Date of Conferral

2016

Degree

Ph.D.

School

Information Systems and Technology

Advisor

David Gould

Abstract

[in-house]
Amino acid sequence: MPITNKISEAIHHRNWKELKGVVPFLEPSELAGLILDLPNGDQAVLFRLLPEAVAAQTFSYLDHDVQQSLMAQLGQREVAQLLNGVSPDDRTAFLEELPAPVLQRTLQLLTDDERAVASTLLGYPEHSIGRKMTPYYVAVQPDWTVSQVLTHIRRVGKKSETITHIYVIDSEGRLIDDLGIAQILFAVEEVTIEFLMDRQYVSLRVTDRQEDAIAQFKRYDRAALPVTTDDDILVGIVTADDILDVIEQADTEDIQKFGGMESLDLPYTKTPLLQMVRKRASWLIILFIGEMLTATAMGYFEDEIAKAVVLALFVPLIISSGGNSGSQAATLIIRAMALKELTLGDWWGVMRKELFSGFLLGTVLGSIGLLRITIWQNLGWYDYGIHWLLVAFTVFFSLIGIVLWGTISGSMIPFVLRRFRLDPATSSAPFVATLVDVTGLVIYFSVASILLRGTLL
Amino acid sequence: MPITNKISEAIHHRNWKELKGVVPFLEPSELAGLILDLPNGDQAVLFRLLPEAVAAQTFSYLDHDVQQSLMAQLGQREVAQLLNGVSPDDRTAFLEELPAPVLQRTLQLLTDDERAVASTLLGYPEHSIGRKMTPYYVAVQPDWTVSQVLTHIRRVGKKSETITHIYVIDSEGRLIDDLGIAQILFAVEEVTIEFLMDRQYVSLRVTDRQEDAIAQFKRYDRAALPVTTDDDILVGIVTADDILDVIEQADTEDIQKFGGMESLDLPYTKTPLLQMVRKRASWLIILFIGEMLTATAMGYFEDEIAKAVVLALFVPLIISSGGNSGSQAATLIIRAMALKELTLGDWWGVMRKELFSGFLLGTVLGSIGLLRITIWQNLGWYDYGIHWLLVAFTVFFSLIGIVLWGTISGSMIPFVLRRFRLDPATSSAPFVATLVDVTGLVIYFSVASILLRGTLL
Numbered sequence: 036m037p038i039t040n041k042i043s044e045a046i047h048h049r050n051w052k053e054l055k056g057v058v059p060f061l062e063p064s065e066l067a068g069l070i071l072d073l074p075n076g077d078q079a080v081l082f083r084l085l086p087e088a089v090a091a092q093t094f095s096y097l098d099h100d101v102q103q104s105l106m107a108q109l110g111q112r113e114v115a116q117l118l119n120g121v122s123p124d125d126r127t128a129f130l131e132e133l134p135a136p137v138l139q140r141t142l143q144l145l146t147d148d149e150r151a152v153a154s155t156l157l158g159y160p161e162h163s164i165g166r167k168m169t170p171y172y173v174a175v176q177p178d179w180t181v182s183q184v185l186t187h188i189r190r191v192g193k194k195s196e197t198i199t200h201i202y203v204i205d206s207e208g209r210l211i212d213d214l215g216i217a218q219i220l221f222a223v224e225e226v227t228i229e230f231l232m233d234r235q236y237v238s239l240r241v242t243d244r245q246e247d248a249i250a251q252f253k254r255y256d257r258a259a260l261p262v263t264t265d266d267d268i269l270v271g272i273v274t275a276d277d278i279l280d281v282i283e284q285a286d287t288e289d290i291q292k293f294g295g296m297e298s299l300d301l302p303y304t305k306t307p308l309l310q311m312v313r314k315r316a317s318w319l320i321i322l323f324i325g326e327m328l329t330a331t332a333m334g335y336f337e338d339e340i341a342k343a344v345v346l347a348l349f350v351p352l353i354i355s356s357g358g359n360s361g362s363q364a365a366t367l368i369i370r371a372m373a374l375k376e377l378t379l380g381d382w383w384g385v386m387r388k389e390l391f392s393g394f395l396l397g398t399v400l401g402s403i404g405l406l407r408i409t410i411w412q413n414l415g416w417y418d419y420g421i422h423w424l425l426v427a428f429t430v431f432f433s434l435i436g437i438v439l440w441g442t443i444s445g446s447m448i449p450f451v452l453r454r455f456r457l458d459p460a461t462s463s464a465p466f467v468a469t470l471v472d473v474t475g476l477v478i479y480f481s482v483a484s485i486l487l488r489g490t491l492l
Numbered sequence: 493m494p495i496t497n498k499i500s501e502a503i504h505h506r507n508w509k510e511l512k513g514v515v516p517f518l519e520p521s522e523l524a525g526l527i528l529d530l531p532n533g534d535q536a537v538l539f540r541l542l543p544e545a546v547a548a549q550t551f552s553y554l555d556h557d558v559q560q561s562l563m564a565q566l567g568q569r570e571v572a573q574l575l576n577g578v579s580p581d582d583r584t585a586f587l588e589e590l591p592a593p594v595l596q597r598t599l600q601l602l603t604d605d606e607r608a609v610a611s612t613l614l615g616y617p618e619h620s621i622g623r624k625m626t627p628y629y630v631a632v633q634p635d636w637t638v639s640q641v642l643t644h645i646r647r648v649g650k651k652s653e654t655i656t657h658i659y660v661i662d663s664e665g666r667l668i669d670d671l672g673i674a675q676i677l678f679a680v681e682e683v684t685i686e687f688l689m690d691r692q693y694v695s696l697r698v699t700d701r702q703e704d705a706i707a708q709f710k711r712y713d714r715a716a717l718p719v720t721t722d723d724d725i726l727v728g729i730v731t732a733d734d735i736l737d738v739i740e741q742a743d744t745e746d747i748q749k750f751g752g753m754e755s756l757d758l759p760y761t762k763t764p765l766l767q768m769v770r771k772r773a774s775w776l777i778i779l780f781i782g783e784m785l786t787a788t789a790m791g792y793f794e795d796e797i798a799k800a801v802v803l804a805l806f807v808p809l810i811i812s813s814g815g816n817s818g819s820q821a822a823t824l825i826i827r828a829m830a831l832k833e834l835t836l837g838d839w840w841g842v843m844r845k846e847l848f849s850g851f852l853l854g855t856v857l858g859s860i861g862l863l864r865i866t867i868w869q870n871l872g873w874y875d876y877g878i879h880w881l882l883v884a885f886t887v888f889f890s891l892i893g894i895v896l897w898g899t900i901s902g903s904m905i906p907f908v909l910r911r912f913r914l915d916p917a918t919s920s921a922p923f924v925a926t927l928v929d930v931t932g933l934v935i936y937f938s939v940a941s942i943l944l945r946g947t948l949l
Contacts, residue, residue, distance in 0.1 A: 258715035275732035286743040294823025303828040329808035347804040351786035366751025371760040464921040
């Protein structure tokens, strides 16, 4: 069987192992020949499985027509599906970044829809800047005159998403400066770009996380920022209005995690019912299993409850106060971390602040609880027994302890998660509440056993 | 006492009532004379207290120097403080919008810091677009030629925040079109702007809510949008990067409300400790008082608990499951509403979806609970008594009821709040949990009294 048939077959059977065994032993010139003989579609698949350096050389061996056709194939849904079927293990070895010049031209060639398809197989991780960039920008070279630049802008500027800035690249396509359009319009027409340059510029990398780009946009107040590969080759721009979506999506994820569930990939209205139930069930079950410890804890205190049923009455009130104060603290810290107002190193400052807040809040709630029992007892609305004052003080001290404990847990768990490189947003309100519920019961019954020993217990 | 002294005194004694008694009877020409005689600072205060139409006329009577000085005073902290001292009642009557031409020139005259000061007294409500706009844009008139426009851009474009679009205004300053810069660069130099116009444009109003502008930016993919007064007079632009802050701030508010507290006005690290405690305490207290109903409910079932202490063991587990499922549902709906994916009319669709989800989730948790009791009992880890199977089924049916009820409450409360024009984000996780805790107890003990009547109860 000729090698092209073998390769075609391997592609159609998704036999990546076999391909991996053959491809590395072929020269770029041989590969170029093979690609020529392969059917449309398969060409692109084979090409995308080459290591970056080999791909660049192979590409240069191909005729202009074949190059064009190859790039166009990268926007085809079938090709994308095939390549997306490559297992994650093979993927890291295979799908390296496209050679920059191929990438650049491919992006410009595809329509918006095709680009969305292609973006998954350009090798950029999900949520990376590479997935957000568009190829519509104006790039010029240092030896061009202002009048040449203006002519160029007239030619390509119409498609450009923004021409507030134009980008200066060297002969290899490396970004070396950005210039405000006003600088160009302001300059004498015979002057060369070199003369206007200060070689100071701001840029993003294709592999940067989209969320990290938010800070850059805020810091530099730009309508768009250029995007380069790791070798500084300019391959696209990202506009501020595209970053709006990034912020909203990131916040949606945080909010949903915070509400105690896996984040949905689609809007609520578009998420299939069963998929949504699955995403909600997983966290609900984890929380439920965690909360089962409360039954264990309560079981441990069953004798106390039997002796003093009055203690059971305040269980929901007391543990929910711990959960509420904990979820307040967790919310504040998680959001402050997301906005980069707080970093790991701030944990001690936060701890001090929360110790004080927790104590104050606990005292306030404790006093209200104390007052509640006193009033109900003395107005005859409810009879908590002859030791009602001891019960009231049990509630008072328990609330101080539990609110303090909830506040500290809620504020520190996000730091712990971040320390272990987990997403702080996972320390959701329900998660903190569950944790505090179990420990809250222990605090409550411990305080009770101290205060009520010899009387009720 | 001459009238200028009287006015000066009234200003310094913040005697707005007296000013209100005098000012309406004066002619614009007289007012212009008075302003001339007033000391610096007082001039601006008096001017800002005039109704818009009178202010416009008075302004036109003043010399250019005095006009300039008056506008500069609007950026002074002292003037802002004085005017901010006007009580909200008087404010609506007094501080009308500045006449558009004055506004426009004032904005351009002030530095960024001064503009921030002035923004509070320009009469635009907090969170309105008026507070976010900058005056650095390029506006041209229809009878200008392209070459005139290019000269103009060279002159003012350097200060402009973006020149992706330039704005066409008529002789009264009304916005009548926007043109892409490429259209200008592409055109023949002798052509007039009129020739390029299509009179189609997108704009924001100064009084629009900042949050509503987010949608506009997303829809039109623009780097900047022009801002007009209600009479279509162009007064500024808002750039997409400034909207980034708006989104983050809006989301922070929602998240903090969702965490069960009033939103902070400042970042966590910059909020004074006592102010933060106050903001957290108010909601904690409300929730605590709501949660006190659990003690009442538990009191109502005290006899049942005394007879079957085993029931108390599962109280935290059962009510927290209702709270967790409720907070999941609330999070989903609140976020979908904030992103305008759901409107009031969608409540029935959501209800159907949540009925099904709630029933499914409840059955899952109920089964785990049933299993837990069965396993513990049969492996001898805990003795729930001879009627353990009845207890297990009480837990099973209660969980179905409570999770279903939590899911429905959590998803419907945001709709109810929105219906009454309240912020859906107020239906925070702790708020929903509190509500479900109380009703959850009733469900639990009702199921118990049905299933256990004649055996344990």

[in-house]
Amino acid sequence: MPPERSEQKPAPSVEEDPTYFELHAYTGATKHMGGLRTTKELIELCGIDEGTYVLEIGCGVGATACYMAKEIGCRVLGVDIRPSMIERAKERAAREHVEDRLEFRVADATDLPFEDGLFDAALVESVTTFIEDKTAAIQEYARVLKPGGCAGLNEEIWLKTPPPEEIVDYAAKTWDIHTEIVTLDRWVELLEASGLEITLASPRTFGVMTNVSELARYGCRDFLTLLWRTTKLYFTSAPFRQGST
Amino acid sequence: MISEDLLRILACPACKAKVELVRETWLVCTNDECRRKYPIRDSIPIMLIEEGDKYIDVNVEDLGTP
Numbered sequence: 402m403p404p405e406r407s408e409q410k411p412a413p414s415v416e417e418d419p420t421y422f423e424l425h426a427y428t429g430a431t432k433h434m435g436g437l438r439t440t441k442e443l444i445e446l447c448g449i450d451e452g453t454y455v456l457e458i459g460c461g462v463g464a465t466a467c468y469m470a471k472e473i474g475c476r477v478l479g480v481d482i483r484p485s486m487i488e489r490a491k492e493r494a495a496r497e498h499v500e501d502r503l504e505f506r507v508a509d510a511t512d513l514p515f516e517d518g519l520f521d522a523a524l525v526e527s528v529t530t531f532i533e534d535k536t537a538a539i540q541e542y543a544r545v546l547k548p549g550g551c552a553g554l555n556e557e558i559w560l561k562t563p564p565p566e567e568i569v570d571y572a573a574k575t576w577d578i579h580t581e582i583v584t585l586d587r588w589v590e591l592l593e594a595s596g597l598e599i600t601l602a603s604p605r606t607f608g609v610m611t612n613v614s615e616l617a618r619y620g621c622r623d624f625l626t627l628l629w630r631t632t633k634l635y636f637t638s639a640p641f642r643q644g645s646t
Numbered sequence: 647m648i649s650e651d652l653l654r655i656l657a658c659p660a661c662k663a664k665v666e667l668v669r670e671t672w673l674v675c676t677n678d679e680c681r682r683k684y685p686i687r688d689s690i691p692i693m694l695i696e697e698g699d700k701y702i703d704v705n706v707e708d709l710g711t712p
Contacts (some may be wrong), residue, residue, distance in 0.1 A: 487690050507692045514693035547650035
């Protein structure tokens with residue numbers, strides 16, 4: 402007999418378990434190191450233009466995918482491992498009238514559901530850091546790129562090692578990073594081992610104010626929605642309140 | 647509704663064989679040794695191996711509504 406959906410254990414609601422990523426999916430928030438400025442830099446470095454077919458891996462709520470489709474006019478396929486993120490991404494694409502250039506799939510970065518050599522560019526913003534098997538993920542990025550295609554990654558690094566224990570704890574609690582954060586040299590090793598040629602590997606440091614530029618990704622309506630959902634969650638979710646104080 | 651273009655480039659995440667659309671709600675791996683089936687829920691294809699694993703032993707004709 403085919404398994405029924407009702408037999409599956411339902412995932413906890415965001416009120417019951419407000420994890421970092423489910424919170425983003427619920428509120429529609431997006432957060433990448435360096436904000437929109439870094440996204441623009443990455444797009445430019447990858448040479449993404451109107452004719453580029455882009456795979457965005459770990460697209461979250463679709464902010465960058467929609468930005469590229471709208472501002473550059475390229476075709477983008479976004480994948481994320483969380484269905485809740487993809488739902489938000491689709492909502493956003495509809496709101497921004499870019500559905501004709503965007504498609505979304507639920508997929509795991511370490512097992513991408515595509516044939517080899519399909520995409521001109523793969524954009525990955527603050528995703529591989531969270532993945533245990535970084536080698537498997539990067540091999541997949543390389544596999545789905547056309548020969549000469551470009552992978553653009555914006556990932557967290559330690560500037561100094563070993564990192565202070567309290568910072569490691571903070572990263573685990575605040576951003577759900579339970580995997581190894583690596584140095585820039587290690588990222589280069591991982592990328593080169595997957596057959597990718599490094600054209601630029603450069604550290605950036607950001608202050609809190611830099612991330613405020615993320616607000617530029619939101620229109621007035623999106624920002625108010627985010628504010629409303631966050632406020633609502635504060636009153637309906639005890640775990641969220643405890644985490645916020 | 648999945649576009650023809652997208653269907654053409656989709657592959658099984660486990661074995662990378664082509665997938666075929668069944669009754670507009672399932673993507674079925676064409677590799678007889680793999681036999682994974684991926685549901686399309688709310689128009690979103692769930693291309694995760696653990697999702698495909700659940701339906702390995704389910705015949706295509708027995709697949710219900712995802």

Rapid diffusion and use of smartphones in Africa are challenging, given the state of its infrastructural facilities. The problem addressed was a lack of information on the adoption behavior and the sociodevelopmental effect of smartphone acceptance among rural and urban users in Nigeria. The purpose of this study was to examine the adoption behavior and the sociodevelopmental effect of smartphone acceptance among rural and urban residents. Research questions examined the relationship of performance expectancy, social influence, price value, and habit on adopters' intentions to use smartphones, continued use of smartphones, and the sociodevelopmental effect on smartphone users lives and standard of living. The theoretical foundation of the study was based on the unified theory of acceptance and use of technology, and expectation confirmation theory. A nonexperimental cross-sectional survey design was used to collect and analyze data obtained from the target population of approximately 14 million with a sample size of 385 based on 95% confidence level. Survey data were collected using a research instrument developed by Bhattacherjee, Venkatesh, and others and analyzed via multivariate regression. Findings indicated that the positive effect of performance expectancy on intent to use smartphones was stronger among urban than among rural dwellers. No other location-moderated relationships were found. There was a strong positive correlation (β = .761, p < .001) between intent to use smartphones and continued use of smartphones. The findings of this study may promote social change by providing valuable data to service providers and regulators for realignment of investment strategies and the reevaluation of national policies on communication technology development.